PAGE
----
While vividly and movingly conveying the passions and struggles that shaped the character of Dublin, Rutherfurd portrays the major events in Irish history: The tribal culture of pagan Ireland; the mission of St. Patrick; the coming of the Vikings and the founding of Dublin; the glories of the great nearby monastery of Glendalough and the making of treasures like the Book of Kells; the extraordinary career of Brian Boru; and the trickery of Henry II, which gave England its first foothold in Medieval Ireland. The stage is then set for the great conflict between the English kings and the princes of Ireland, and the disastrous Irish invasion of England, which incurred the wrath of Henry VIII and where this book, the first of the two part Dublin Saga, draws to a close, as the path of Irish history takes a dramatic and irrevocable turn.
Rich, colorful and impeccably researched, The Princes of Ireland is epic entertainment spun by a master.
©2004 Edward Rutherfurd; (P)2004 Books on Tape
"A tour de force....Breathtaking." (Orlando Sentinel)
"Rutherfurd literally personifies history." (New York Daily News)
"A richly imagined vision of history, written with genuine delight." (San Francisco Chronicle)
"The Princes of Ireland" is an excellent novel. Edward Rutherfurd is one of my favorite novelists for historical fiction. His research is impeccable and the story line is engaging. While the main characters are fictional, the history is accurate. The book follows groups of families down through the centuries as they live and interact during Ireland's most pivotial times. If you'd like to learn more about the history of Ireland, this book is for you. The narration is well done and the narrator's voice is well modulated and easy to listen too. I'm off to download the next in this Dublin Saga series!
This is basically a fun story about adventures in Ireland's history as seen through the thread of a single family that's been carried down from ancient times to the Reformation. In that way, I found it to be similar to Hawaii and The Source, by James Michener: a sprawling epic, with lots of interesting sub-stories. This is a bit above Michener, though. The author tracks Irish history pretty closely, which I liked. The narrator manages to keep lots of voices straight, which is tough in a work this long.
Not knowing much of Ireland's history - I thougth this an interesting book. While the names are a bit hard to keep track of throughout the various stories - the authors weaves the stories together nicely and adds some "connective" history in between where necessary. It was helpful in trying to get a basic understanding of how Ireland progressed over several centuries.
Rutherfurd's particular genius lies in the wealth of historically accurate detail with which he festoons his stories. This is perhaps why I find Richard Matthews' reading so jarring. I'm sure he does his best with imitating an Irish accent, but it comes across false and annoying after a while. If you don't know what Dublin voices really sound like, you may not mind.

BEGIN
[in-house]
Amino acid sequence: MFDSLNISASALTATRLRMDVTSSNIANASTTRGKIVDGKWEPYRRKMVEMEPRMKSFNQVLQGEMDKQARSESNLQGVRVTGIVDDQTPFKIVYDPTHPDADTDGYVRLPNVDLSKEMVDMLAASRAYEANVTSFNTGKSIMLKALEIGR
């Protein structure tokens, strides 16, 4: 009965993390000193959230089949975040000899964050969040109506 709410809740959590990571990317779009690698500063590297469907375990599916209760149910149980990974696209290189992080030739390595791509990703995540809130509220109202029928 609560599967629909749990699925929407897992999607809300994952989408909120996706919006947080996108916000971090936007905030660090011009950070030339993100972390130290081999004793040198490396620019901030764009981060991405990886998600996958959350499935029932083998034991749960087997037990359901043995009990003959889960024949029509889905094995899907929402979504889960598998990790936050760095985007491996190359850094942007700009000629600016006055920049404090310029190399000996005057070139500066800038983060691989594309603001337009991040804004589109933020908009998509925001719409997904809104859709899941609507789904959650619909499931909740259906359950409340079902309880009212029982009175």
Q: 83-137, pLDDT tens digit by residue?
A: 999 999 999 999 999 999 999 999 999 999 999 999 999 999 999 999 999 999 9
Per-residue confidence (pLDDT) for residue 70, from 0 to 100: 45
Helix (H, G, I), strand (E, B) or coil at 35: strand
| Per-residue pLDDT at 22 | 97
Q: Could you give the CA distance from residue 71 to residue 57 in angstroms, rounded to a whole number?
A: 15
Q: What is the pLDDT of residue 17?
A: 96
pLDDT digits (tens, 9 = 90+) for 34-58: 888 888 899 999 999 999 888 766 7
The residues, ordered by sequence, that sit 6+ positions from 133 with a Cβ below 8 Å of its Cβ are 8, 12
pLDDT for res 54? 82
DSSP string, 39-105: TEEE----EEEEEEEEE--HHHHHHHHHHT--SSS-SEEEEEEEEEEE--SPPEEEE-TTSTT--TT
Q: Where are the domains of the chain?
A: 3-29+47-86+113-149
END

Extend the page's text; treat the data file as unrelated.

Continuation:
On the other hand, I have his recording of Bill Bryson's "Short History of Nearly Everything", and Matthews is superb.
What an epic story... and so much of it is based in truth. As soon as I finished (after making many excuses to drive around more than necessary to listen a bit more) I looked up more books by this author. This book traces the history of Dublin through the lives of certain people/families and makes a very believeable and sweeping saga. I have never felt so proud of my trickle of Irish blood!
Loved it all the reader was good the characters were great and interesting, Thankfully it was long as I didn't want it to end.
From the start I could not put it down. I looked for excuses to sit in rush hour traffic to get a chance to listen to more. The narration is perfect, and the story is incredible. I enjoyed Rutherfurd's style more than anything. His narrative is beautiful but also direct and clear. I can't wait for more of this author's books to be available in digital audio.
Actually, I was sick for 2 weeks with the flu. It did not take 2 weeks to "read" this book, but I was able to take my time and "re-read" certain parts that I enjoyed or slept through the first time. It has a solid, measured pace through the years; the people, although they are not followed from birth to death, in all cases have all the human attributes of forebears and descendants. I particularly enjoyed the story of Finula, the wannabe Wild Child who is revealed many years later as a matron with seven wild children of her own. The more things change, the more they stay the same. I hope nobody waits until they are stuck in bed with flu to read this one.
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